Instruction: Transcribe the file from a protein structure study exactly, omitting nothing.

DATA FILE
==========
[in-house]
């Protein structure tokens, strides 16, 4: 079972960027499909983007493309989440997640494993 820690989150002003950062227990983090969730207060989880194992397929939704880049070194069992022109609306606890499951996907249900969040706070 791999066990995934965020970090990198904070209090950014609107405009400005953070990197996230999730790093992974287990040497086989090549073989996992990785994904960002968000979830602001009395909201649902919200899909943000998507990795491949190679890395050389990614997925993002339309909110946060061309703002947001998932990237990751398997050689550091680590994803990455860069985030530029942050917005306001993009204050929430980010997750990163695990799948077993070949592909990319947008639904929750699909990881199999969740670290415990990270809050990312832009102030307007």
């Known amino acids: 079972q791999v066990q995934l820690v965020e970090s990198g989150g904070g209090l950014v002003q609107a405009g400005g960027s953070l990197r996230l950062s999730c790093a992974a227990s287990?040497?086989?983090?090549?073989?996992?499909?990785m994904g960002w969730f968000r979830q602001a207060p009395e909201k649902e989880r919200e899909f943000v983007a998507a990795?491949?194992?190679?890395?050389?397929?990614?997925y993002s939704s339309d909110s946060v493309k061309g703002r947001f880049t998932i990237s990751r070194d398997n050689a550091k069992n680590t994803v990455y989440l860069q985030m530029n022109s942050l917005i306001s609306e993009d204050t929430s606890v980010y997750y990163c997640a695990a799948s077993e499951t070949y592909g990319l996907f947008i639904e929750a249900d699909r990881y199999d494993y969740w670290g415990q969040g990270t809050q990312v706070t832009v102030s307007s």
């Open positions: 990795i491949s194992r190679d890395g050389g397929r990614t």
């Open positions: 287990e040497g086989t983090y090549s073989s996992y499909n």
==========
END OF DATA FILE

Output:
[in-house]
């Protein structure tokens, strides 16, 4: 079972960027499909983007493309989440997640494993 820690989150002003950062227990983090969730207060989880194992397929939704880049070194069992022109609306606890499951996907249900969040706070 791999066990995934965020970090990198904070209090950014609107405009400005953070990197996230999730790093992974287990040497086989090549073989996992990785994904960002968000979830602001009395909201649902919200899909943000998507990795491949190679890395050389990614997925993002339309909110946060061309703002947001998932990237990751398997050689550091680590994803990455860069985030530029942050917005306001993009204050929430980010997750990163695990799948077993070949592909990319947008639904929750699909990881199999969740670290415990990270809050990312832009102030307007």
């Known amino acids: 079972q791999v066990q995934l820690v965020e970090s990198g989150g904070g209090l950014v002003q609107a405009g400005g960027s953070l990197r996230l950062s999730c790093a992974a227990s287990?040497?086989?983090?090549?073989?996992?499909?990785m994904g960002w969730f968000r979830q602001a207060p009395e909201k649902e989880r919200e899909f943000v983007a998507a990795?491949?194992?190679?890395?050389?397929?990614?997925y993002s939704s339309d909110s946060v493309k061309g703002r947001f880049t998932i990237s990751r070194d398997n050689a550091k069992n680590t994803v990455y989440l860069q985030m530029n022109s942050l917005i306001s609306e993009d204050t929430s606890v980010y997750y990163c997640a695990a799948s077993e499951t070949y592909g990319l996907f947008i639904e929750a249900d699909r990881y199999d494993y969740w670290g415990q969040g990270t809050q990312v706070t832009v102030s307007s």
């Open positions: 990795i491949s194992r190679d890395g050389g397929r990614t």
């Open positions: 287990e040497g086989t983090y090549s073989s996992y499909n």